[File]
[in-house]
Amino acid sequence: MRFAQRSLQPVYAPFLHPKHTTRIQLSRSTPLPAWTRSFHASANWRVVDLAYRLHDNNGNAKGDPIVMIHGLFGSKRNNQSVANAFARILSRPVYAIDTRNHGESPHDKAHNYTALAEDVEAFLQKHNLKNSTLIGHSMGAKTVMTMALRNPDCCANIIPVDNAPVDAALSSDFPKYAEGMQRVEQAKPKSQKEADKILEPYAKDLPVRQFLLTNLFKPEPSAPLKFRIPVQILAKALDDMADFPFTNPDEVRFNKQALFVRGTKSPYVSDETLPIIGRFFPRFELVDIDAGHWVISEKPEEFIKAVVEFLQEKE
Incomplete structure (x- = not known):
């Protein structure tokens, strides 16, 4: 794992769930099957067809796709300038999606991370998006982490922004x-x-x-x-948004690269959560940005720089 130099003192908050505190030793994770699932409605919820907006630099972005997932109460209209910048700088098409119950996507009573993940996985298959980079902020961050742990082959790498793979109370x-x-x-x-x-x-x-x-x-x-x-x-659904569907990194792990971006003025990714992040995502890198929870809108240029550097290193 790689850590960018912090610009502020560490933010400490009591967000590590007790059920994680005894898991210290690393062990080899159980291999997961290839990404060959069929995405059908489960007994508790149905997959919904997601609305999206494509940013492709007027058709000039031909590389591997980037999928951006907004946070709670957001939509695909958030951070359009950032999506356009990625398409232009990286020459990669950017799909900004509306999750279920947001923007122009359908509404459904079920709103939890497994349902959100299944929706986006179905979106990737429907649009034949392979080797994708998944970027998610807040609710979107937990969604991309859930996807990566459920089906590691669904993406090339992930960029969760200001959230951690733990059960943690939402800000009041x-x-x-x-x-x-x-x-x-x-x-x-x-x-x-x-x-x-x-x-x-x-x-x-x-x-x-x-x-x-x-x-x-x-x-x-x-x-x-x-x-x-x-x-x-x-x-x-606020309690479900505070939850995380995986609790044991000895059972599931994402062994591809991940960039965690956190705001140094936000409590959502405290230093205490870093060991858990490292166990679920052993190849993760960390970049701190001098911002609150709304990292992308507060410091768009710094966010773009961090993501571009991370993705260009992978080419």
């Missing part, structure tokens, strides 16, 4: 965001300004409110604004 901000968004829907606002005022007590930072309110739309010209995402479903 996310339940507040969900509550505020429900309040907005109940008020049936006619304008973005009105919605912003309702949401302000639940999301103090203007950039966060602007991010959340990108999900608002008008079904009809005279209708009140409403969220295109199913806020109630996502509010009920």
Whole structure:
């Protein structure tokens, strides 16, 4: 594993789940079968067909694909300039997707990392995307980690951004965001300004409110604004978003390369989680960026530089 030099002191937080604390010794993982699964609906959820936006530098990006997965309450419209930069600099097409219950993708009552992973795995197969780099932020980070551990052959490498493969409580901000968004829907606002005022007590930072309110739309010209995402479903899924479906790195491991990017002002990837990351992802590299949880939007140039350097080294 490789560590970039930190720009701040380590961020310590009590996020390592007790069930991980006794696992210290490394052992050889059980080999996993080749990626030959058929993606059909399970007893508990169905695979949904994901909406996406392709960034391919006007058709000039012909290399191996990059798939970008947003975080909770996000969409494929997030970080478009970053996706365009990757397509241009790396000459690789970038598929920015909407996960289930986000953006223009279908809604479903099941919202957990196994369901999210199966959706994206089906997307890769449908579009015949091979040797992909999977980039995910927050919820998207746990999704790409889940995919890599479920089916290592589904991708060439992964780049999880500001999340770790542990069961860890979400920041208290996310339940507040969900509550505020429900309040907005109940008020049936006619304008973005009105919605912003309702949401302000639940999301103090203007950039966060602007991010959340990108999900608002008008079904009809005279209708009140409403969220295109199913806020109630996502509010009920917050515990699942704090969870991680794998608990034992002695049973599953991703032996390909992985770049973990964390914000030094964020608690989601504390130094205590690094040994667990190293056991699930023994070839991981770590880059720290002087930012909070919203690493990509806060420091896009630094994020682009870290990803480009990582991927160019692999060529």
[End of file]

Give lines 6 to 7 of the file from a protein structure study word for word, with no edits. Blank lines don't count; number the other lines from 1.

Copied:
Whole structure:
């Protein structure tokens, strides 16, 4: 594993789940079968067909694909300039997707990392995307980690951004965001300004409110604004978003390369989680960026530089 030099002191937080604390010794993982699964609906959820936006530098990006997965309450419209930069600099097409219950993708009552992973795995197969780099932020980070551990052959490498493969409580901000968004829907606002005022007590930072309110739309010209995402479903899924479906790195491991990017002002990837990351992802590299949880939007140039350097080294 490789560590970039930190720009701040380590961020310590009590996020390592007790069930991980006794696992210290490394052992050889059980080999996993080749990626030959058929993606059909399970007893508990169905695979949904994901909406996406392709960034391919006007058709000039012909290399191996990059798939970008947003975080909770996000969409494929997030970080478009970053996706365009990757397509241009790396000459690789970038598929920015909407996960289930986000953006223009279908809604479903099941919202957990196994369901999210199966959706994206089906997307890769449908579009015949091979040797992909999977980039995910927050919820998207746990999704790409889940995919890599479920089916290592589904991708060439992964780049999880500001999340770790542990069961860890979400920041208290996310339940507040969900509550505020429900309040907005109940008020049936006619304008973005009105919605912003309702949401302000639940999301103090203007950039966060602007991010959340990108999900608002008008079904009809005279209708009140409403969220295109199913806020109630996502509010009920917050515990699942704090969870991680794998608990034992002695049973599953991703032996390909992985770049973990964390914000030094964020608690989601504390130094205590690094040994667990190293056991699930023994070839991981770590880059720290002087930012909070919203690493990509806060420091896009630094994020682009870290990803480009990582991927160019692999060529």